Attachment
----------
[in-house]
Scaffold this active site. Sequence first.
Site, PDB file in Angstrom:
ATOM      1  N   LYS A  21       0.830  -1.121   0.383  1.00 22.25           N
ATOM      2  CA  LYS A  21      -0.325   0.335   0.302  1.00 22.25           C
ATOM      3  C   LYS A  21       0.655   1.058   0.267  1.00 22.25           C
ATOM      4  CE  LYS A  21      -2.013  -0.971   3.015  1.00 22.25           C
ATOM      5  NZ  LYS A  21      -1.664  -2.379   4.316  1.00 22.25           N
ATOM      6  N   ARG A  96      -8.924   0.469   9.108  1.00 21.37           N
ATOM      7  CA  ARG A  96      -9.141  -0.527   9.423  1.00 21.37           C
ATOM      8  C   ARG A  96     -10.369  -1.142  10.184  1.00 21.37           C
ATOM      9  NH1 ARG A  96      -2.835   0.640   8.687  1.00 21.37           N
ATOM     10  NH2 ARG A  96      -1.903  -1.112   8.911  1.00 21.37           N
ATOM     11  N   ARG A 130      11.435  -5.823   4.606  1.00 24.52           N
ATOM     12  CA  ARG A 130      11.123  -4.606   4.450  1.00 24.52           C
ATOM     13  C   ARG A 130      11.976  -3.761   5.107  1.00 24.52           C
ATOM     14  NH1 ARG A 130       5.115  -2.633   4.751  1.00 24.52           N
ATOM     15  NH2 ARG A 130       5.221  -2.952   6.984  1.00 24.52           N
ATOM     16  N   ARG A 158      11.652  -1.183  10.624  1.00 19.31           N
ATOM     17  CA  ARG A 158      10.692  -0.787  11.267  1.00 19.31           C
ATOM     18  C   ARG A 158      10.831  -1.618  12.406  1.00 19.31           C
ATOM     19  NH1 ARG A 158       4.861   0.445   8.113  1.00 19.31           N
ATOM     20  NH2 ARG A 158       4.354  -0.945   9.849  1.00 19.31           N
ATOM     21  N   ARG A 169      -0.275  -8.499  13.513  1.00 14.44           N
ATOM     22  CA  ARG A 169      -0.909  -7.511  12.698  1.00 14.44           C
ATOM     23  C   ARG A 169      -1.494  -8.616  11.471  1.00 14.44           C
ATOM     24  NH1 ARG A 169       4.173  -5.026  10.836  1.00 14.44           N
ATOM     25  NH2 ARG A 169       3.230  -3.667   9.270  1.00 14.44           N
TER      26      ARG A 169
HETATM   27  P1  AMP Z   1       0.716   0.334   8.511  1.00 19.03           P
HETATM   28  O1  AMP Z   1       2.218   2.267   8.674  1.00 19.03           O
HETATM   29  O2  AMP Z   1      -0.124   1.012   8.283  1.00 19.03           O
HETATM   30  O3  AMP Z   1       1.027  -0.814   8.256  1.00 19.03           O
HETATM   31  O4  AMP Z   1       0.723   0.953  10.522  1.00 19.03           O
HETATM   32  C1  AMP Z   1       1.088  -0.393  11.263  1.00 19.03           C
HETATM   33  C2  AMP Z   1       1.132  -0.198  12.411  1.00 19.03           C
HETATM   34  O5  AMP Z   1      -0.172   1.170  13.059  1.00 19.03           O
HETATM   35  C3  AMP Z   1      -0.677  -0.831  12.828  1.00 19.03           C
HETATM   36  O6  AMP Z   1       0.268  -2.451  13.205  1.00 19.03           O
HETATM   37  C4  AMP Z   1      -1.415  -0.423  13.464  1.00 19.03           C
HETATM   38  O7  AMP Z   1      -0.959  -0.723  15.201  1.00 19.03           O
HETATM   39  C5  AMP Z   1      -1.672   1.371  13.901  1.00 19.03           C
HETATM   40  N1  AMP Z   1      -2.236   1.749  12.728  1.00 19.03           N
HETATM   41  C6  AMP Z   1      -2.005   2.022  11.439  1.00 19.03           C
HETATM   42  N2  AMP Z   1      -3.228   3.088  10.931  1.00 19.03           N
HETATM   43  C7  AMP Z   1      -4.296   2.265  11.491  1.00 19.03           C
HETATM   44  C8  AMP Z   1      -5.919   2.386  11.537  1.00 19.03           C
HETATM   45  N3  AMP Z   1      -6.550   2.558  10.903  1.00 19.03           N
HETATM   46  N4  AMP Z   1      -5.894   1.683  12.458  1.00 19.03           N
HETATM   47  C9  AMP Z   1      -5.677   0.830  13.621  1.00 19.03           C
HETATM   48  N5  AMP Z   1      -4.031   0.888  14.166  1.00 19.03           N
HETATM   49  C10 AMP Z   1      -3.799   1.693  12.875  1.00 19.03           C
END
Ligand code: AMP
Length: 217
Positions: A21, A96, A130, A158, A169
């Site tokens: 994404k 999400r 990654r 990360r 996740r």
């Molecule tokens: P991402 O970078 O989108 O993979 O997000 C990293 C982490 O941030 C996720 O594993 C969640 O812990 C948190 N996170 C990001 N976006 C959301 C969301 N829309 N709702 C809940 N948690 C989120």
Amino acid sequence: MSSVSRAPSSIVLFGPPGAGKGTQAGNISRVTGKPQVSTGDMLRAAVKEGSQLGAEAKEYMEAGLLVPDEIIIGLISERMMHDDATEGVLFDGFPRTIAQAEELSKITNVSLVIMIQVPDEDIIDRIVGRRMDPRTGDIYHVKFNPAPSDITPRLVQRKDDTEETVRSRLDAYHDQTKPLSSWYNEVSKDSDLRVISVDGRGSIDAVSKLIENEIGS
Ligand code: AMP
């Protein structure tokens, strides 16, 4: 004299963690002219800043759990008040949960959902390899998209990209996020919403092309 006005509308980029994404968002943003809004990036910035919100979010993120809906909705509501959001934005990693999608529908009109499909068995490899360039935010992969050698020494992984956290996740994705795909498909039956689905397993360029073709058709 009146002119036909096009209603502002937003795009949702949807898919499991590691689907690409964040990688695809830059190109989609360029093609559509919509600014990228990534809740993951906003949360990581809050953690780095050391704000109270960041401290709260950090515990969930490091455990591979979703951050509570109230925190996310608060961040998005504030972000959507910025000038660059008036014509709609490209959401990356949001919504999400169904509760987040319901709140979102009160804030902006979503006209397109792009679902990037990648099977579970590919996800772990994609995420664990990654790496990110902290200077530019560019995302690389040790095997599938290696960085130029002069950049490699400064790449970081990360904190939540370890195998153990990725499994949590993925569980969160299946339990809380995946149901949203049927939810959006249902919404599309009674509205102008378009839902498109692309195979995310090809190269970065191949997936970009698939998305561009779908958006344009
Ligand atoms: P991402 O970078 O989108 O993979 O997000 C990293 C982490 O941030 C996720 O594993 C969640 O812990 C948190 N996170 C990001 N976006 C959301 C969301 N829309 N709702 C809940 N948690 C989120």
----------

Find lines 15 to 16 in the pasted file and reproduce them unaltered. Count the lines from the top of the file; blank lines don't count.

ATOM     12  CA  ARG A 130      11.123  -4.606   4.450  1.00 24.52           C
ATOM     13  C   ARG A 130      11.976  -3.761   5.107  1.00 24.52           C